Eight soldiers and a cadet died June 2, 2016, in flood-swollen Owl Creek on Fort Hood, and the public still doesn’t have all of the facts surrounding the training accident.
That’s because the Army’s report, released more than a year later, redacted nearly 14 pages under the label “rationale for conclusion of analysis.” All five findings and five sets of recommendations were also covered over.
The Herald had requested the report under the Freedom of Information Act to let the public know what happened and how deaths could be prevented. It later requested an unredacted version of the report.
March 11-17 is the annual Sunshine Week, designed to remind Americans that information is important to the success of democracy, and public information belongs to the people, not to a few government employees. The Texas Public Information Act and the federal FOI Act state the public’s right to receive information from the local, state and federal governments.
“Access to public information is essential to our precious First Amendment right of free speech to speak out about government,” said Kelley Shannon, executive director of the nonprofit Freedom of Information Foundation of Texas in a March 9 article. Go to: bit.ly/2GeH5MJ
The Herald sought documents last summer that would enlighten the public about Killeen.
A special audit of Killeen finances was underway in 2017 and auditors said they were having trouble finding documents. The Herald requested city records on document retention and found city staff destroyed documents as the council was reviewing bids for an auditor.
Herald research also found documents should not be destroyed when an audit has been initiated, according to the Texas State Library and Archives Commission, which sets the rules.
First Amendment Attorney Joseph Larsen said it was “astounding” that the city department heads would proceed with document destruction. See the story: bit.ly/2vkzLMm
The Herald also sought documents related to the Killeen Independent School District.
With special education issues and a proposed $426 million bond issue being major topics in the district, the need for information was almost constant.
Freedom of Information requests were submitted to KISD on Oct. 17, Oct. 20 and Oct. 31, to list just a few.
The Oct. 17 request asked KISD for information on the number of parent requests the district had received to view video from cameras in special education classrooms from 2016 to 2017, and whether these requests were approved or denied. While the request was never fully answered, the information received was used in an article about cameras in special education classrooms. bit.ly/2FvxQGQ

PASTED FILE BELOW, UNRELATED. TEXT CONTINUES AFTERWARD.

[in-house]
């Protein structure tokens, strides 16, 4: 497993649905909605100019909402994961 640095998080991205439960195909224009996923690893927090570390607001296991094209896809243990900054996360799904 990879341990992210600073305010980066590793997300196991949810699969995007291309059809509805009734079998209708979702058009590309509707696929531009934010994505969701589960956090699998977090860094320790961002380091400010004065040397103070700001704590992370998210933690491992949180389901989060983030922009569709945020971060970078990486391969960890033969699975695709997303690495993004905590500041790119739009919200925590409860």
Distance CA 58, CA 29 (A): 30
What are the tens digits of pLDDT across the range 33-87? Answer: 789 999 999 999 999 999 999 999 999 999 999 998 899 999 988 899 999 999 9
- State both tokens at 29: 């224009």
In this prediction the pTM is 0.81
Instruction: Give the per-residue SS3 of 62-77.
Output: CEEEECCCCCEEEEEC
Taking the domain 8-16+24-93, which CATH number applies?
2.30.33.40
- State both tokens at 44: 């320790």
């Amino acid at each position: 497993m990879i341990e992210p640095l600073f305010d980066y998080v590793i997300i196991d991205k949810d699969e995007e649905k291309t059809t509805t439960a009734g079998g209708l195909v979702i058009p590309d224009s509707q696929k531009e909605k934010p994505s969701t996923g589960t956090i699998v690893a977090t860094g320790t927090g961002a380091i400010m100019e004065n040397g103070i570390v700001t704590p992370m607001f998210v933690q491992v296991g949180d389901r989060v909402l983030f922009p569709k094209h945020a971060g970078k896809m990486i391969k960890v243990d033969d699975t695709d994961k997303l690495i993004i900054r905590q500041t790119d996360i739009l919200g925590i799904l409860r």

The Oct. 20 request was directed to the Texas Education Agency, seeking the number of complaints and/or requests for due process hearings filed by parents of special education students against the district for 2015-2017. While the information available, due to privacy restrictions, was limited, the numbers were used in an article about how KISD had failed to make adequate progress providing services to special education students since audits in 2015. bit.ly/2GcvFsJ
Another FOIA request was made to KISD on Oct. 31, asking for copies of district demographer Jeff Heckathorn’s calculations for student population growth from 2013-2017 and for 2018-2022. These numbers were used in various articles on the reason the district had proposed the $426 million bond issue. bit.ly/2GiRgQx
The Herald requested a copy of a fatal shooting report and dashcam video from the Bell County Sheriff’s Department and Texas Rangers into the Lyle Blanchard shooting Aug. 30, 2016.
Bell County argued against its release in a letter to the Texas Attorney General’s Office, saying that the officer involved hadn’t been charged with a crime and the department didn’t need to release the information.
The Texas Public Information Act says it’s up to the discretion of the governmental entity to release information. Texas Rangers also requested an attorney general’s opinion, arguing the case was still open even though it had been completed.
After repeated calls and appeals to the attorney general’s office, the Rangers released the information, showing some conflicting testimony by the deputy and casting authoritative doubt on Bell County Sheriff Eddy Lange’s descriptions of the incident as a “gunfight” between the deputy and victim. Blanchard was drunk and unarmed, according to the report.
The Army, in addition to covering up information available on the rollover accident in its main report, also failed to give the public a copy of the Fort Hood unit’s report. The unit report had been given to deceased soldiers’ family members, who shared it with the Herald, which shared it with the public. The Army still hasn’t given the unit report to the Herald and public. The unit report left many questions unanswered that were not publicly answered in Army’s report released later. In addition, less than a year after the Owl Creek deaths, another soldier disappeared while driving across Clear Creek on Fort Hood. He was later declared dead. A diver helping with the search also died.
In addition to reports on flooding deaths, Fort Hood also failed to provide information about a pair of security breaches at post gates in 2016. In one case, a car fleeing police drove through Clear Creek gate then later fled through another gate, making a clean getaway.
The Herald filed FOI Act requests for completed investigations in those cases to find out what went wrong and what Fort Hood is doing to protect the people at Fort Hood.
“Your request is being processed,” was Fort Hood’s latest reply, last March.
For more, go to kdhnews.com.
Staff writers Kyle Blankenship, Jacob Brooks, David A. Bryant and Julie Ferraro contributed to this report.